The help is on the way…
The incredible thing with tools like social media is that you can actually reach all of those inactive Amiga people out there and lead them back and best of all get them to support the market by either developing, creating, buying, supporting or whatever as yes, everything matters in order to rebuild the platform we all love so much.
Publishers and developers need to find ways to reach out to everyone and options is definitely the way to go if one wants to all in, the digital market is growing rapidly but at the same time one really should try and get the software out in physical form too, in order to reach the rather big collectors market out there.
While there is still a lot to be said about how things are run and if the developers function without publishers some even question the publishers we got today if they haven’t got the market strategy in place to get both the games out to the people and maybe most of all to reach all of the markets in a way that would lead to more sales without relying too much on word of mouth and fan blogs and indie sites that promote for fun and maybe most of all, for the love of being part of the rise of the Amiga market.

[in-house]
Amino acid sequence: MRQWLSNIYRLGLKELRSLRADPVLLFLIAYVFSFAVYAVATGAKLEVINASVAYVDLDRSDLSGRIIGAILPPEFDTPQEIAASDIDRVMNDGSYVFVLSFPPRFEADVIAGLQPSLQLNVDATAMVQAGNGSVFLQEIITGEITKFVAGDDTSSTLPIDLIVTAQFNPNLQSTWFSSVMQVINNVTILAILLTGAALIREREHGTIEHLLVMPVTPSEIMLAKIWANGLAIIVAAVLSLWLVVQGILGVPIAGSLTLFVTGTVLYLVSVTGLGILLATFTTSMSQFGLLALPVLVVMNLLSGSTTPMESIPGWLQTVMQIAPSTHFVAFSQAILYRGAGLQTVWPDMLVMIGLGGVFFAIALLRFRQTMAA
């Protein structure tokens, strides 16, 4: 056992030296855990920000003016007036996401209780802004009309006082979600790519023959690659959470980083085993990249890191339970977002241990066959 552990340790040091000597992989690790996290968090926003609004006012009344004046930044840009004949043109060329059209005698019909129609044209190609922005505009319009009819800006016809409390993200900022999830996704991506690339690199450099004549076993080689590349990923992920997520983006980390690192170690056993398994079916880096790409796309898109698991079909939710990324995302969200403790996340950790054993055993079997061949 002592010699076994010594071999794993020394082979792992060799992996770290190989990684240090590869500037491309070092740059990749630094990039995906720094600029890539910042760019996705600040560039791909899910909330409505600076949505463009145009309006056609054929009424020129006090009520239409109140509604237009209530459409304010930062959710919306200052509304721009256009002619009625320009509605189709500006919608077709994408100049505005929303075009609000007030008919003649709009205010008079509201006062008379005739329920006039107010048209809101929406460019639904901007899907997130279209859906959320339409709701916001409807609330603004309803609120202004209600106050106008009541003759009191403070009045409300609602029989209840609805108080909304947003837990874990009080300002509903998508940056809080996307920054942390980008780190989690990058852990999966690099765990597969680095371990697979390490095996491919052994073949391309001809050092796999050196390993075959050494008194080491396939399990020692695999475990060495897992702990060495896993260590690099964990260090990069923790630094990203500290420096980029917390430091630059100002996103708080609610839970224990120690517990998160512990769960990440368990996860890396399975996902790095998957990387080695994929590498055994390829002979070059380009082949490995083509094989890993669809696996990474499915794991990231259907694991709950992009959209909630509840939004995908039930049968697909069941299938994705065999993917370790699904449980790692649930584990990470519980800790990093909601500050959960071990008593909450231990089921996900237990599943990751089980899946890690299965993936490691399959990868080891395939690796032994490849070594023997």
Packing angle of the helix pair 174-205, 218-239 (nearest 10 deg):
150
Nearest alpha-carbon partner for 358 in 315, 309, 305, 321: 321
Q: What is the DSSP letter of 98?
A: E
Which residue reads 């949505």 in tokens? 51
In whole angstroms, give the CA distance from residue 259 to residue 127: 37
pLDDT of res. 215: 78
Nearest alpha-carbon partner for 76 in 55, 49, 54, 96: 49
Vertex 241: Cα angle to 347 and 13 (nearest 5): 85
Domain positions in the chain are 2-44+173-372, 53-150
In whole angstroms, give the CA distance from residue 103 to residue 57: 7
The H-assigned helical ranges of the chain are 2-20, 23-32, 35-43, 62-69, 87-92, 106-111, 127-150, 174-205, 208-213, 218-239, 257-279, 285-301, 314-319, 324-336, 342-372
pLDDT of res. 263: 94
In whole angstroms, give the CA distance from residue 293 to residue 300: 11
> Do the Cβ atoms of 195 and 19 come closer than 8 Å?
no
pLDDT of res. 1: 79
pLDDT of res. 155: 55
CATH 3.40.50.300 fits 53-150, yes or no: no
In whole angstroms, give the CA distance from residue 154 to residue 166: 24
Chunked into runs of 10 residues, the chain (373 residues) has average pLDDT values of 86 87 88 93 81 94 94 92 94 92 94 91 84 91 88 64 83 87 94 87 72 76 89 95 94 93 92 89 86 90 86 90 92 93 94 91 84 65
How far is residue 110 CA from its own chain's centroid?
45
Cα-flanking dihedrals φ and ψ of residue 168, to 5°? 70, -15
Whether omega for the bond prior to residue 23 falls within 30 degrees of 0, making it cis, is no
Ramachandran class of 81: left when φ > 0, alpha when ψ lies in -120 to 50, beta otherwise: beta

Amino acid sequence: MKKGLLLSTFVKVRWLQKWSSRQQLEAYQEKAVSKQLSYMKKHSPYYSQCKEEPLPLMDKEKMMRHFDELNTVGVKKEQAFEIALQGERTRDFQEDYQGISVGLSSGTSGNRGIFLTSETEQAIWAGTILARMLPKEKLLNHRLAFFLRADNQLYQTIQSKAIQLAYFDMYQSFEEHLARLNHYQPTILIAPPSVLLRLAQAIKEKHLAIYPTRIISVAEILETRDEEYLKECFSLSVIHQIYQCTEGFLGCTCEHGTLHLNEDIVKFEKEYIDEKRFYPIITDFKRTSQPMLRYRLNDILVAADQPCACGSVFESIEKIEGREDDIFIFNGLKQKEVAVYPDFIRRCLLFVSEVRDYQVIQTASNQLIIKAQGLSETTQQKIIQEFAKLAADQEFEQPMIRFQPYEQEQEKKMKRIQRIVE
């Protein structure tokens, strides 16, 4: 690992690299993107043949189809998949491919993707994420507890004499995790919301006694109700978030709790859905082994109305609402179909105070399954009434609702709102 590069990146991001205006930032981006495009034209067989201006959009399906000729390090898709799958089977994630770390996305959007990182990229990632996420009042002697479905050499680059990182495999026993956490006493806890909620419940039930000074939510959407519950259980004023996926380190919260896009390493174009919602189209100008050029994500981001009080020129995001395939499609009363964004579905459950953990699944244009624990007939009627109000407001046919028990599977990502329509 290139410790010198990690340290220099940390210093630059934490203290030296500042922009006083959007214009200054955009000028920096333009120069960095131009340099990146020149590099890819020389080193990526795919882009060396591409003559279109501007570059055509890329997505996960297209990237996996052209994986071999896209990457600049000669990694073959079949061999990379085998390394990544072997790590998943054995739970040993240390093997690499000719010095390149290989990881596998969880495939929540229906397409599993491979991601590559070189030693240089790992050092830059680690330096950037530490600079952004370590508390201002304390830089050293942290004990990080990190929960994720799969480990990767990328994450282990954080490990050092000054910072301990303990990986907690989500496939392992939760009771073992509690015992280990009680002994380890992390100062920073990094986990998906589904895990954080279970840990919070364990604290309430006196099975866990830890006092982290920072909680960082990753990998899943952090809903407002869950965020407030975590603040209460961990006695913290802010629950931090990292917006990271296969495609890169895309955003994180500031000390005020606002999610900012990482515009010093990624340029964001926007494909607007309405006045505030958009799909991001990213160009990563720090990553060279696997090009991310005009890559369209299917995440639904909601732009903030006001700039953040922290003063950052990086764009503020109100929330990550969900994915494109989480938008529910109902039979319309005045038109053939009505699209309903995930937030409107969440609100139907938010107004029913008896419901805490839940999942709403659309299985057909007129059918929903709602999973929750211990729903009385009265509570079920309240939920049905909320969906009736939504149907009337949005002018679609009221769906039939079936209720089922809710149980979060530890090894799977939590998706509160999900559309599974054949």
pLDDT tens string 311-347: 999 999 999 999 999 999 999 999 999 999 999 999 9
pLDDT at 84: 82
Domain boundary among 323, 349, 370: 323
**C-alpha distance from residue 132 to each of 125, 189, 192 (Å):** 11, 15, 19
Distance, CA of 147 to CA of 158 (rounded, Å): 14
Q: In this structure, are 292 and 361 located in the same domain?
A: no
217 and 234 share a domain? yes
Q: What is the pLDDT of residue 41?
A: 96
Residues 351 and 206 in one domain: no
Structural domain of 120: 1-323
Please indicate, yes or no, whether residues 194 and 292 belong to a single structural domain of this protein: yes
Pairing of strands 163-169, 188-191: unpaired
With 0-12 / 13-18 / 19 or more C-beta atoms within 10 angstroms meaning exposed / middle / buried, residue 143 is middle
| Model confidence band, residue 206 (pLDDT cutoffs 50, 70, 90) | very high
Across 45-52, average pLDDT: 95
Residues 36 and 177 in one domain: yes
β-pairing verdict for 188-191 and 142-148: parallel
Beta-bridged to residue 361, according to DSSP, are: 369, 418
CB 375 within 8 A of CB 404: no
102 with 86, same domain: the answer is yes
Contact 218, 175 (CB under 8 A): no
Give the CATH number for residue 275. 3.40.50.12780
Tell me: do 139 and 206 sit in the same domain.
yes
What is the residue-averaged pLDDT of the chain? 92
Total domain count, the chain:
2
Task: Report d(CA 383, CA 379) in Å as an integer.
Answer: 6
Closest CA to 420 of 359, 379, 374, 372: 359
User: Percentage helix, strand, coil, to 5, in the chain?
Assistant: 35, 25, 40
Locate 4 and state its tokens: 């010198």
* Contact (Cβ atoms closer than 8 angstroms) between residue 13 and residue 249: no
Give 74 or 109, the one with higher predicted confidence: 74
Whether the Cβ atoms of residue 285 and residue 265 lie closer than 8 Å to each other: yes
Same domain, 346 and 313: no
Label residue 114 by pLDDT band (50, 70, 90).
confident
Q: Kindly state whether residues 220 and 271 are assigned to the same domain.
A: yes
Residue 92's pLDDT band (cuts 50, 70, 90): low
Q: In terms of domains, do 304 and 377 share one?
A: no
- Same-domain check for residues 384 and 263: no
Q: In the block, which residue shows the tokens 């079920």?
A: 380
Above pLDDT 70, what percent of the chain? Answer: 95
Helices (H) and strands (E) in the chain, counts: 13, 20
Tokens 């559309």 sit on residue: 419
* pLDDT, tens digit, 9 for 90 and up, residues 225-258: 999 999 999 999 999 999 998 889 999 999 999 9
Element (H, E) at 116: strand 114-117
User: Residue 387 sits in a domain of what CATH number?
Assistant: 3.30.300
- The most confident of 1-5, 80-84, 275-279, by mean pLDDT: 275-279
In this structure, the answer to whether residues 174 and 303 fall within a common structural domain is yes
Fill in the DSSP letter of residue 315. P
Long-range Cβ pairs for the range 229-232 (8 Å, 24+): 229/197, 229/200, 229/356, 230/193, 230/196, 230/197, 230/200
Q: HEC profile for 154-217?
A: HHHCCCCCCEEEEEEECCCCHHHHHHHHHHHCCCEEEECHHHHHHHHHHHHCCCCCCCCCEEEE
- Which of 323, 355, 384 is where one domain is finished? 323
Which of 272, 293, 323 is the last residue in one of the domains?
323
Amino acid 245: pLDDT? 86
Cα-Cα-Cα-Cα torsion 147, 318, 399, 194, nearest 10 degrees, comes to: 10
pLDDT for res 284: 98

We have seen a growth in publishers and sadly they ain’t really talking to each other in terms of getting a standard model out there, not only for box sizes (which is a huge problem by the way) and such but also for things like where to put the Digital downloads and such to try and get the whole market into one location so the collectors, gamers and so on would impulse buy stuff while buying the stuff they wanted in the first place.
I can’t say this enough really, there are a lot of people out there that want stuff but are sort of waiting for something bigger before they open their wallets, this is sadly a very bad way to get developers and publishers to get motivated to do a huge title, most developers look and compare sales between them and basically has to evaluate if it is worth it to spend all of their free time on doing a game that might only sell a few hundred copies instead of maybe getting several hundred copies or even the magic number which is 1000 copies.
There are also people out there that says they won’t pay for PD software quality, sadly there are some of that out there but if you look at the last five years of Amiga game dev then you will also find top-notch and technically really good games that would have sold bucketloads if done at the right time (like in the early 90s).